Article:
How to sell remotely
Distance selling has become indispensable for any salesperson who lives with the times, and even becomes a necessity for survival in the event of a pandemic when almost everything is closed. It’s become so important that I recommend recruiting your remote salespeople to see how well they’ve mastered the technology. Here are the winning recipes […]
Distance selling has become indispensable for any salesperson who lives with the times, and even becomes a necessity for survival in the event of a pandemic when almost everything is closed. It’s become so important that I recommend recruiting your remote salespeople to see how well they’ve mastered the technology.
Here are the winning recipes for your videoconference sales. Distance selling isn’t a handicap if you know how to go about it – it can even be an advantage. You can also adapt it to any type of sale, thanks to a customized presentation.
Writing your presentation document
The presentation document is the one you share on your customer’s screen. I recommend PowerPoint, or Prezi, which has a more dynamic style. Your document should be structured to follow the classic sales stages: contact, discovery, rephrasing, presentation, closing and follow-up.
Make an appointment
Then create your customer list and write a call script to set up videoconference appointments with your customers. The target figures are 10 virtual meetings per week, which requires around 15 appointments if we take into account a cancellation rate of around 30%. Appointment setting is considered the most difficult part of prospecting by salespeople when it comes to organizing appointments with new customers. Fortunately, however, it’s easier to get a long-distance appointment than a face-to-face one.
Let the customer choose the type of meeting
Your customer needs to be as comfortable as possible, so you need to let them choose the type of meeting they prefer – face-to-face or remote – but you’ll find that they almost always prefer to do it remotely in the comfort of their own home or office, rather than having to travel to meet you, or even meet you if you make the journey. It’s more pleasant and less intrusive for the customer, and more efficient for you. In any case, I advise you to give him the choice.
Preparing your videoconference
You should start preparing about 15 minutes before your videoconference to review the content and put yourself in your customer’s context. You don’t need to prepare 1 hour in advance, it’s a waste of time. If you’re a sales professional, you know perfectly well the structure of your presentation, and you’re able to improvise. It’s a good idea to call the customer 5 minutes before the virtual appointment, to give them the conference number or send them the link, and give them time to connect to their computer.
Breaking the ice in the first few minutes
Since you don’t have the advantage of a face-to-face meeting to look your customer in the eye, it’s all the more important to break the ice. You can discuss easy, emotional topics like the weather at home, especially if you’ve heard about it on the news in the hours before! Ideally, of course, you’d like to anchor your relationship, i.e. find something in common with him/her, such as a mutual friend, a shared hobby, or an association of which you’re both members.
It’s a good idea for your customer to know who you are, what your company does and the purpose of the meeting. The purpose of this step is to demonstrate your credibility, as well as the purpose and duration of the discussion. This step is necessary, but it has to be done quickly. If you talk about yourself for 15 minutes and go through your entire university curriculum, the customer is likely to tell you he’s not interested. Your goal is to get into a conversation with him as quickly as possible and talk about his concerns.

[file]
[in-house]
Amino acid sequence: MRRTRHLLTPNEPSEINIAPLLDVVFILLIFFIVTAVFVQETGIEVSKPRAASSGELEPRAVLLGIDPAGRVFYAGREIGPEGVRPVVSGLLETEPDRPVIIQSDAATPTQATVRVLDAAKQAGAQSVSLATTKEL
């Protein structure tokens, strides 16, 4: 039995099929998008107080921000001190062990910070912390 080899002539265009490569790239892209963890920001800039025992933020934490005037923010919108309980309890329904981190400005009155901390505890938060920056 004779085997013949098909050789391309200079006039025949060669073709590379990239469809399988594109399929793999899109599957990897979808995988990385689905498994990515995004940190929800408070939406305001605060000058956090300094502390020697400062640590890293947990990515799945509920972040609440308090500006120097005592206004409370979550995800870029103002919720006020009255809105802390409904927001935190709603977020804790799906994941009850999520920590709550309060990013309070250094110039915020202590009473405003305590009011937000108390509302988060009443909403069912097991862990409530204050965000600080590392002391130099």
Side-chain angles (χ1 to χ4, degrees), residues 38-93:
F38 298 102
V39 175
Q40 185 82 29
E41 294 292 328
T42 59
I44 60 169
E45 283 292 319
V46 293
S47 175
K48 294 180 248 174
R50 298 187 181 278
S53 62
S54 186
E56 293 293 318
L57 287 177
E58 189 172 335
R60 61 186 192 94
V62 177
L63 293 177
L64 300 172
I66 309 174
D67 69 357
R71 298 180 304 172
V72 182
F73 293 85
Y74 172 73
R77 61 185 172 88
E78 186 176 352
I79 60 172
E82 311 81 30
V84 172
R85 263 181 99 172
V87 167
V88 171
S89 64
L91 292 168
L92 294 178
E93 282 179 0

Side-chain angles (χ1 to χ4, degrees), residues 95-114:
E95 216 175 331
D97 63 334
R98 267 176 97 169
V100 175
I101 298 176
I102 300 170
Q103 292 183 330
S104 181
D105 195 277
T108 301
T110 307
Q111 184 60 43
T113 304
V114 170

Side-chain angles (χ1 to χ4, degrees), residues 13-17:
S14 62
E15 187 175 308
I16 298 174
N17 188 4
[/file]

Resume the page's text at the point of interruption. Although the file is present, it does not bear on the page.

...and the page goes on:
This is the most important stage of the virtual meeting, and you need to get there as quickly as possible. What’s more, for your presentation to be effective and impactful, it needs to be tailored to the person you’re talking to and their needs, so you need to ask them questions beforehand about: who they are, the current solutions they’re using, their frustrations, their expectations. I advise you to write down your key questions on your presentation document so that you don’t forget them. You don’t have to ask them all – this is a guide to help you. If necessary, draw a diagram of what the customer is telling you. A drawing is worth a thousand words and saves you time.
Propose your solution
The solution you have on your document when you first meet your customer is of course generic, but you’re going to adapt it as you find out more about your customer. During a second meeting, you can then make a specific costed proposal. For your presentation to be active and interesting, this stage in which you speak should not exceed 20 minutes, be carried out interactively, and use different media: drawings, photos, graphics, videos, testimonials. If you’re presenting a software product, you can do a live demo remotely with your customer’s participation – it’s a winning recipe.
Answering the most common objections
If you frequently get the same objections from all your customers, you can mention them in your presentation along with the corresponding answers to these objections, which also shows how serious you are. Be careful, however, not to dwell on objections that aren’t important to him and that he wasn’t thinking about. Don’t give importance to what doesn’t matter to him.
Depending on the type of sale you want to make, you can either sell your product or service immediately with a direct offer, or propose another meeting to present your proposal to the customer. This is called a two-stage sale, and is best suited to larger deals. You should then immediately agree with your customer the date and time of your next meeting.